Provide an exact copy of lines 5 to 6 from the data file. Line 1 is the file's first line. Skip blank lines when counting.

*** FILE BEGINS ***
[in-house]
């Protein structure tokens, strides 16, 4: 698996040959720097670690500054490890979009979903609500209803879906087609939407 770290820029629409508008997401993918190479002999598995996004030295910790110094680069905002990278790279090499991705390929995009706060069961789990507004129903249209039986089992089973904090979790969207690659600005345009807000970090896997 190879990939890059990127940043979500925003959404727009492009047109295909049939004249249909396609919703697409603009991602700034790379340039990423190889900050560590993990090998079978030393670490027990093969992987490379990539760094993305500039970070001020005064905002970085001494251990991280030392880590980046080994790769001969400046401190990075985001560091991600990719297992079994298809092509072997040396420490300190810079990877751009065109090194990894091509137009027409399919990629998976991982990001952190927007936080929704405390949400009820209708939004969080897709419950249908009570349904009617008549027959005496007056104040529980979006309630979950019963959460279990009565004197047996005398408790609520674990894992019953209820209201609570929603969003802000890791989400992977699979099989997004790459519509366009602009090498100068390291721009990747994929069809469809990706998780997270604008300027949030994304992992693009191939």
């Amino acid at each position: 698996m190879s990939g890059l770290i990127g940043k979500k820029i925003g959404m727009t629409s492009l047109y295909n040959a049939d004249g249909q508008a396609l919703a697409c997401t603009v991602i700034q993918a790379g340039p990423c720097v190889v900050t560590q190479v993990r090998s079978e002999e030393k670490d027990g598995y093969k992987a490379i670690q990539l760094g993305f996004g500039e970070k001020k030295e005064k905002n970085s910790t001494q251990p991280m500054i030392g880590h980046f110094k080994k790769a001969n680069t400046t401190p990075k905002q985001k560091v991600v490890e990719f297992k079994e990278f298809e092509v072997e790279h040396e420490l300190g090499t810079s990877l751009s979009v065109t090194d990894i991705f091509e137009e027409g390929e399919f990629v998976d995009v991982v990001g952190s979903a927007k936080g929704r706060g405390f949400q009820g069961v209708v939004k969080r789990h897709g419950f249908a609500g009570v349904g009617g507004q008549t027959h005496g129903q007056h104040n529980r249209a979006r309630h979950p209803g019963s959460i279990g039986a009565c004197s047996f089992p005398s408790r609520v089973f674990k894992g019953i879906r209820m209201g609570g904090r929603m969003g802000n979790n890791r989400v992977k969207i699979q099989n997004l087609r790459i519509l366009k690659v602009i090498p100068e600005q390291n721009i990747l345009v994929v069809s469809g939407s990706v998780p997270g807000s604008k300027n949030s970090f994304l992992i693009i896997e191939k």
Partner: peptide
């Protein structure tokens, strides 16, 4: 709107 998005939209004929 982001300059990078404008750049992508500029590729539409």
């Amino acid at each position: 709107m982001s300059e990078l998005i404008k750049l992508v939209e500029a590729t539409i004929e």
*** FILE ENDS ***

């Protein structure tokens, strides 16, 4: 709107 998005939209004929 982001300059990078404008750049992508500029590729539409």
């Amino acid at each position: 709107m982001s300059e990078l998005i404008k750049l992508v939209e500029a590729t539409i004929e």